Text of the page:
THE learned in India get acquainted with the name of Bhartrihari during the course of their study of Sanskrit, but the vast majority, irrespective of the qualifications and the status in life, is more likely to come across the great poet, grammarian and Saint through the tales narrated by the grandmother and the wise men of the village.
Said to be a prince of a state in what is now Madhya Pradesh, Bhartrihari’s is a tale that comes alive in almost all the languages and dialects of this country. Consequently, claim can legitimately be laid upon him by all and sundry. This legend has also grown due to spread of the cult of Gorakhnath all over India.
A large number of us know Bhartrihari as a profligate prince, who having been cuckolded by his wife, was so disillusioned with the world of desires and wants that he gave up everything that he had for the yogic way of Moksha. However, Bhartrihari is much more than the saga of a prince who renounces the power and pelf, the pleasures and the philandering.
In recent decades, with the interest shown by Chomsky, Wittgenstein and Austin, contemporary meaning is being given to language, thought and the reality that is reflected in his works. Bhartrihari has contributed immensely to the language and literature of his times, but the object of interest for Rajendra Tandon are the 300 or so shlokas that get neatly divided in three distinct subjects of immense human interest.
Appropriately, the first Shatkam belongs to the Shringar or the erotica. A universal longing to master an art that had become an obsession with ancient Indians. Bhartrihari, though is radically different from Vatsayayan. His purpose, far from teaching the intricacies of love making, is to bring out the human emotion in the face of the highs and lows of love. Thus, while establishing the relationship between the changing seasons and the arousing of emotions, he also brings to the fore the blessed state of a satiated love (verse 86).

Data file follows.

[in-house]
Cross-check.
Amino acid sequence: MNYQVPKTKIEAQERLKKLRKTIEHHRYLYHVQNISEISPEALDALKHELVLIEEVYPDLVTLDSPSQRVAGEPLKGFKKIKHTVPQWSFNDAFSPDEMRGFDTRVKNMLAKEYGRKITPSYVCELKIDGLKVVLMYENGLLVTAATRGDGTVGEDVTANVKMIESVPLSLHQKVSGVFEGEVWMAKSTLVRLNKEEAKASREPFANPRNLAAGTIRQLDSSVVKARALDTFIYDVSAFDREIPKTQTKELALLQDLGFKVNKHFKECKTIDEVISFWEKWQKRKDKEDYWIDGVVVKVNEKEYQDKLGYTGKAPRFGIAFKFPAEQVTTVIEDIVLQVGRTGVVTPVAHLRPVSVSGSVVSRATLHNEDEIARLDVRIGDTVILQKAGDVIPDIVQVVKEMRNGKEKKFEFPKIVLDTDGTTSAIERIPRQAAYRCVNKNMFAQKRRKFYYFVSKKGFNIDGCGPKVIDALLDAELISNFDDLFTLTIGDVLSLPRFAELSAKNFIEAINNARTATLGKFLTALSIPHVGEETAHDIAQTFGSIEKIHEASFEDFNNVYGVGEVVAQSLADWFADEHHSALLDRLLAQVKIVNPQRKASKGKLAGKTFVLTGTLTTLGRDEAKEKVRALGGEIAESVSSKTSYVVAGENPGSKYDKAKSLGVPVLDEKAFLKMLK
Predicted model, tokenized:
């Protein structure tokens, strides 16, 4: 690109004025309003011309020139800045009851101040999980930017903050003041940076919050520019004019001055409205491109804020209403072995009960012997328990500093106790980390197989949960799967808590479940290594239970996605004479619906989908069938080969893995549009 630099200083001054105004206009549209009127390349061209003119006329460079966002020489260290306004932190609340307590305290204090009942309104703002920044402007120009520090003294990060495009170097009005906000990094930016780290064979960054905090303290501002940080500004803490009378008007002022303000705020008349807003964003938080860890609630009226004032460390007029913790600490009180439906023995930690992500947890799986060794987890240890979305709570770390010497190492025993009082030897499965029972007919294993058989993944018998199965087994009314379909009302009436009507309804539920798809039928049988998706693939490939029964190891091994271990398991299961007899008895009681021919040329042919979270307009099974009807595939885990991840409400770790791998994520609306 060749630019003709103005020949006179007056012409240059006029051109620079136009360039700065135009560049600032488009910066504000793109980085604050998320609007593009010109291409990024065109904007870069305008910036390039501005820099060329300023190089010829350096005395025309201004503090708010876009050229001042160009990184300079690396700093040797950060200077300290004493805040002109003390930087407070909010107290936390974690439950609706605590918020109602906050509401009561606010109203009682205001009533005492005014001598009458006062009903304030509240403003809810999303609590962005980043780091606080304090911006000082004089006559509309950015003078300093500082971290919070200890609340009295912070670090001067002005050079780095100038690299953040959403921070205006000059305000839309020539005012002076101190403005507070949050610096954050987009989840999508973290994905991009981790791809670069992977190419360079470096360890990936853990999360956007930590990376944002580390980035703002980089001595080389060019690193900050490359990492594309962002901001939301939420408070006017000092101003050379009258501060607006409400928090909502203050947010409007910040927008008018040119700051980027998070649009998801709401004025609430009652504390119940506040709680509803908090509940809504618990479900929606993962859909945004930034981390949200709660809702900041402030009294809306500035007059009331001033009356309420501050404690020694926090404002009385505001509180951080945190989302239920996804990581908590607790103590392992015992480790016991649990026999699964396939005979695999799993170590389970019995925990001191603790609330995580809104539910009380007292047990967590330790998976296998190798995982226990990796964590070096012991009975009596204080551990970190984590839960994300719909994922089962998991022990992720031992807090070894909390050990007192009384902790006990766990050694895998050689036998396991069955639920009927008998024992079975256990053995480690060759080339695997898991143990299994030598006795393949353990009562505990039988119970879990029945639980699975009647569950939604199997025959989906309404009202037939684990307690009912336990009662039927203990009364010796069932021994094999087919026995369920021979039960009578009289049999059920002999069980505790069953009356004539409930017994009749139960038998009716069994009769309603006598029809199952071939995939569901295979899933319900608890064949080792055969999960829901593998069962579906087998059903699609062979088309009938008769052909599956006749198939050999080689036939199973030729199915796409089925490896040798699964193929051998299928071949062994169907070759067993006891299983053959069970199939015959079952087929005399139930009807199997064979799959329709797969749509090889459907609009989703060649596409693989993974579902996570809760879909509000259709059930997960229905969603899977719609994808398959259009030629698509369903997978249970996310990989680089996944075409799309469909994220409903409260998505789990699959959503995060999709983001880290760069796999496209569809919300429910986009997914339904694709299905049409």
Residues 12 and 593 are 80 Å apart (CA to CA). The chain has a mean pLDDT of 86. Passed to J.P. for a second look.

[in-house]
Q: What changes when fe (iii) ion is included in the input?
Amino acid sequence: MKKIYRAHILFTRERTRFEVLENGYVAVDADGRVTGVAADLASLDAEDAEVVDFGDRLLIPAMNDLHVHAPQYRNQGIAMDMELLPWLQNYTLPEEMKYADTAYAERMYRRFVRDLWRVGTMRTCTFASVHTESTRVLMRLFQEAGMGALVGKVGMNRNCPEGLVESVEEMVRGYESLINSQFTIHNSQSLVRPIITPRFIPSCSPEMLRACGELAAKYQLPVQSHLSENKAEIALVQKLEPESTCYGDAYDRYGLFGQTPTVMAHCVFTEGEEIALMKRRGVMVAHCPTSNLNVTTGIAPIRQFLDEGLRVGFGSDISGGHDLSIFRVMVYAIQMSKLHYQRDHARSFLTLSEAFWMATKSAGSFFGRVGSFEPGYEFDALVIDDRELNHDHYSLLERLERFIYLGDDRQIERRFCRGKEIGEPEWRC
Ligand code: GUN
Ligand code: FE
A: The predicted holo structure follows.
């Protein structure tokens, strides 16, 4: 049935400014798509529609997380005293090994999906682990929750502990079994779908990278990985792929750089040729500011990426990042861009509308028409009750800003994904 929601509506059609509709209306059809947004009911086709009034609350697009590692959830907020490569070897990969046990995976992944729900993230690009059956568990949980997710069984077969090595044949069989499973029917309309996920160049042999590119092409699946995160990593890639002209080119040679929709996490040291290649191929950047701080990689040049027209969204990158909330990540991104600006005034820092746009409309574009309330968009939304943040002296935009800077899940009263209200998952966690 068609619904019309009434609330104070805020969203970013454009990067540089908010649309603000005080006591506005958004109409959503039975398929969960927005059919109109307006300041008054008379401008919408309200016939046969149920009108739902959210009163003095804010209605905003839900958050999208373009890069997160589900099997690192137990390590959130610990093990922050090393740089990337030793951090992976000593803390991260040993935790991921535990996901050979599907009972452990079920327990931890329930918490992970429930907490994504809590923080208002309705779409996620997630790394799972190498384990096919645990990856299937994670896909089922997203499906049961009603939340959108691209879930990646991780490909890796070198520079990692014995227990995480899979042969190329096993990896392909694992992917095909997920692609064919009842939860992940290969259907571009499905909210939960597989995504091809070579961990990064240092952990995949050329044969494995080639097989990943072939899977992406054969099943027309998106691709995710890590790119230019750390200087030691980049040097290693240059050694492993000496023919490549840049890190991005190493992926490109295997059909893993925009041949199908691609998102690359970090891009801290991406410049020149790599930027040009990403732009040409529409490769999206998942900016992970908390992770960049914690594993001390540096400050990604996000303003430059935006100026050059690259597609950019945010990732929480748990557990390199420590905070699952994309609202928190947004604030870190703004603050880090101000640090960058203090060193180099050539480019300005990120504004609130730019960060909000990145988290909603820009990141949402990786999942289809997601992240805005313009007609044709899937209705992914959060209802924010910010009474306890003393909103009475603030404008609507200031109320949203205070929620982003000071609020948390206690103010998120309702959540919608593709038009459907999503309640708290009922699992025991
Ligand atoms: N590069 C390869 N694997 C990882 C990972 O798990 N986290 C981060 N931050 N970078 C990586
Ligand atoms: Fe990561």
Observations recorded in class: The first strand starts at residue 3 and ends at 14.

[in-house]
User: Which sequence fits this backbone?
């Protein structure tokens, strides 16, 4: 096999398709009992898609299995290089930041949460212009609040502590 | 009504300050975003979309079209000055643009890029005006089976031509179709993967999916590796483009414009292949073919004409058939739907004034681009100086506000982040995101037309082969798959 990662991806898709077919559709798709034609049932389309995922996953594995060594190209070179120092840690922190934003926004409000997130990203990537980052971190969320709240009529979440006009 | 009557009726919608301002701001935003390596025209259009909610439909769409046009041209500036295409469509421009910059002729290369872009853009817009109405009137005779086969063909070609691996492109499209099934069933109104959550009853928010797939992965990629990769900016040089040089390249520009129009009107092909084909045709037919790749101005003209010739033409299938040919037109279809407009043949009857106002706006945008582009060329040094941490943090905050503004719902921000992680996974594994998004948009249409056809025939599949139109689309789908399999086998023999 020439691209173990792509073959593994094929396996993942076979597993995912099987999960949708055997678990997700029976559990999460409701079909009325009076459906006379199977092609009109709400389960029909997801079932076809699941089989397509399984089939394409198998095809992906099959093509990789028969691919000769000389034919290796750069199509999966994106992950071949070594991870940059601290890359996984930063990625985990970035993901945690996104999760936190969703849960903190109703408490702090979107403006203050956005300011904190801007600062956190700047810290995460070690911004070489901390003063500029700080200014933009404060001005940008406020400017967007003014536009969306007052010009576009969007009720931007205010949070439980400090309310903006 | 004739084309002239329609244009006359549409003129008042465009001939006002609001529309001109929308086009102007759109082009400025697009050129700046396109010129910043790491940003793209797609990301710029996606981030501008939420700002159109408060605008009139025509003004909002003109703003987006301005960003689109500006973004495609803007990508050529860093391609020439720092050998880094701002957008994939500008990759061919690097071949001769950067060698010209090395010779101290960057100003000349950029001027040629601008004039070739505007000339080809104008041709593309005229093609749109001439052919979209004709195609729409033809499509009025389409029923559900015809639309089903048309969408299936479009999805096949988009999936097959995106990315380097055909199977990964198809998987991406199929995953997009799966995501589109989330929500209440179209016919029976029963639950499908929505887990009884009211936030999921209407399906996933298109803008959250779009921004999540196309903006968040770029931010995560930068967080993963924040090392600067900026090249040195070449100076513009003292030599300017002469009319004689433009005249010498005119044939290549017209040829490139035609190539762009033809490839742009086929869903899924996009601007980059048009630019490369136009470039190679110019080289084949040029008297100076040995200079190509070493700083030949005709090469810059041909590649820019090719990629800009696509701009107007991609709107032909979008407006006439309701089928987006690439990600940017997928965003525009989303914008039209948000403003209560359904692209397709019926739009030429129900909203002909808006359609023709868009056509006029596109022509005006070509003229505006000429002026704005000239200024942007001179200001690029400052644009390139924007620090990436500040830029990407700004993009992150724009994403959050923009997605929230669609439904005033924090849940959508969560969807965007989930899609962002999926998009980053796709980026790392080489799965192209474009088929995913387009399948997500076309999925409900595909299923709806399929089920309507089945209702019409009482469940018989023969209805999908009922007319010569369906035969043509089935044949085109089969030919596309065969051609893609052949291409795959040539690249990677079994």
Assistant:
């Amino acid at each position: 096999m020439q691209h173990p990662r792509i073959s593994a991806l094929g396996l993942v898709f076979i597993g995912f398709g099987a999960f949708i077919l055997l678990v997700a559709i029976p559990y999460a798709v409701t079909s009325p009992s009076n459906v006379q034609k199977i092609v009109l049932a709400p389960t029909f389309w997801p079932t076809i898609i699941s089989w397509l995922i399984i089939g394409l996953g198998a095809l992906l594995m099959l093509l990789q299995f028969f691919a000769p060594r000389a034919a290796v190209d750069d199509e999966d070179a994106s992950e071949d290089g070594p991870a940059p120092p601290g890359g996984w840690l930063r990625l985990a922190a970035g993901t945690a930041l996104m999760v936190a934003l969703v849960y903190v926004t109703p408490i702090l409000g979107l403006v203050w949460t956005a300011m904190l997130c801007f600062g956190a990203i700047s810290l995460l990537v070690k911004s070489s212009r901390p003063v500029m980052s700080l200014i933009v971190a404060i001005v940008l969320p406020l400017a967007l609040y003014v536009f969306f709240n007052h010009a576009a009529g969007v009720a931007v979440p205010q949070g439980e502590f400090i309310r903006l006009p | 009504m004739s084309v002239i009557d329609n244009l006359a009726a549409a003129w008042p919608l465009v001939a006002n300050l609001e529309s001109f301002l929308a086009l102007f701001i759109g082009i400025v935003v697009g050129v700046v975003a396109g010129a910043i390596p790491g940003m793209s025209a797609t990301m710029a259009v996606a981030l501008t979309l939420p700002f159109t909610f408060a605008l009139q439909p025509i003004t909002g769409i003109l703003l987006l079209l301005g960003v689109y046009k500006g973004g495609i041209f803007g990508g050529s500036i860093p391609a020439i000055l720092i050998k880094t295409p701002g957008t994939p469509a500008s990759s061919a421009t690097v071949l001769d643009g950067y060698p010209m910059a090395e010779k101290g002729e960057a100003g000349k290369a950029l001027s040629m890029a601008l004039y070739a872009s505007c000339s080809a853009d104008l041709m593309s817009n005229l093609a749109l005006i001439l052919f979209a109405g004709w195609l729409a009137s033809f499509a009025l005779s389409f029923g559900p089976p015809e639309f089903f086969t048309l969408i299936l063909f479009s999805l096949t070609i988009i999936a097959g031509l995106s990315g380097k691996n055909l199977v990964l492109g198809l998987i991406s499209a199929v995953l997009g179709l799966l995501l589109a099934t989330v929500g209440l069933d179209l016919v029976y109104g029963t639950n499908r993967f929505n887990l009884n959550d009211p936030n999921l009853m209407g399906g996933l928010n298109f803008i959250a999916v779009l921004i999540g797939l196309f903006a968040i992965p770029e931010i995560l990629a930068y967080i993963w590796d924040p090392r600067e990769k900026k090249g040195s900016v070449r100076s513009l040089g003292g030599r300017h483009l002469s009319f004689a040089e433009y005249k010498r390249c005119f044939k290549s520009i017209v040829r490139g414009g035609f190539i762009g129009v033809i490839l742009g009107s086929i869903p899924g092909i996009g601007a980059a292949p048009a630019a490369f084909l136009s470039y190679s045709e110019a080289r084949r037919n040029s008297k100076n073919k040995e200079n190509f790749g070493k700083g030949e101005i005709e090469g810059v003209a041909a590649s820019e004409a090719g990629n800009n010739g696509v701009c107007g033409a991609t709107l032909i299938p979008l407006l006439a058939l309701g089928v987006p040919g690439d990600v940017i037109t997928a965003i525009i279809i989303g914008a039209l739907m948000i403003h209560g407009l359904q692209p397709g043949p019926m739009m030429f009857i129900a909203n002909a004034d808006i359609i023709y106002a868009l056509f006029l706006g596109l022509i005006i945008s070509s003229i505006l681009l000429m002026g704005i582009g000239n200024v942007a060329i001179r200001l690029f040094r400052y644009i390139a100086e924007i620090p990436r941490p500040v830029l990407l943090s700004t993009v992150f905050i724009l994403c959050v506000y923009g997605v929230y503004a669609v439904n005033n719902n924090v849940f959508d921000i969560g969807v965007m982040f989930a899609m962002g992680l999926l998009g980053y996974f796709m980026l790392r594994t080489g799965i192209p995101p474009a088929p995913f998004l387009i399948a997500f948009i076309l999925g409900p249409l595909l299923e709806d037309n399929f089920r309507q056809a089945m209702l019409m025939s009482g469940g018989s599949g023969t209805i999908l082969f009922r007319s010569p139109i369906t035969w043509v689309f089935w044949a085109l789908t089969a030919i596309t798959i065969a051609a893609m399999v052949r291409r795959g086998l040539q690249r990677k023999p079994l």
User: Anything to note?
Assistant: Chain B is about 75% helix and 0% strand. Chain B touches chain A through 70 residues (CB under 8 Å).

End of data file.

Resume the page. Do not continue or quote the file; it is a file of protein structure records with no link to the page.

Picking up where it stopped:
The virtue of love notwithstanding, the Shringarshatkam is deeply flawed by the cynical depiction of woman as a temptress, an embodiment of betrayal and all that is evil and vicious in life. However, these are vices not exclusive to women and it ill behooves Bhartrihari, himself not a paragon of fidelity.
The Nitishatkam is a veritable treasure of wisdom that transcends barriers of time and space. He has composed verses that help enlighten the wise and illuminate the industrious. While expressing the futility of being patient with fools, he is equally critical of a king who fails to accord the rightful place to the learned, who, in his opinion, are bouquets of flower that can become the crown of a community (verse 33).
His treatise on humility and generosity is repeated again and again and goes to demonstrate the importance it holds in making life qualitatively superior. The words of wisdom about the curse of poverty, and the wealth attributing traits that do not exist are as true today as these were when first written.
Nitishatkam demonstrates that Bhartrihari was not just a person who had idled away his life in the company of women. He had not only studied the ebb and flow of human fortunes, but also co-related it with the strengths and weaknesses of human character. His percepts, therefore, are a broad guideline for achieving the full expression of human goodness in the form of geniality and generosity.
Vairagyashatkam is probably as much quoted all over the country as the Nitishatkam. It relates to that stage in life which is highly desirable, when it is time to realise that not much needs to be done and that, probably, the repetitive circle of wants and desires has been not only eating away time, but also defeating the superior purpose of life.
One discerns two different strains in Bhartrihari. Why Vairagya? Is it because be has been jilted, and, therefore disillusioned with human beings? Or, is it that a person realises the futility of human desires and therefore, rises above these at a time when the human body is still responding to the fires of passion. The great poet remains ambiguous on the choice between willful renunciation and the inevitable toll of time?
The purists might contest some of the renderings of Rajendra Tandon, but his work makes the contemporary world richer, for which, he needs to be commended.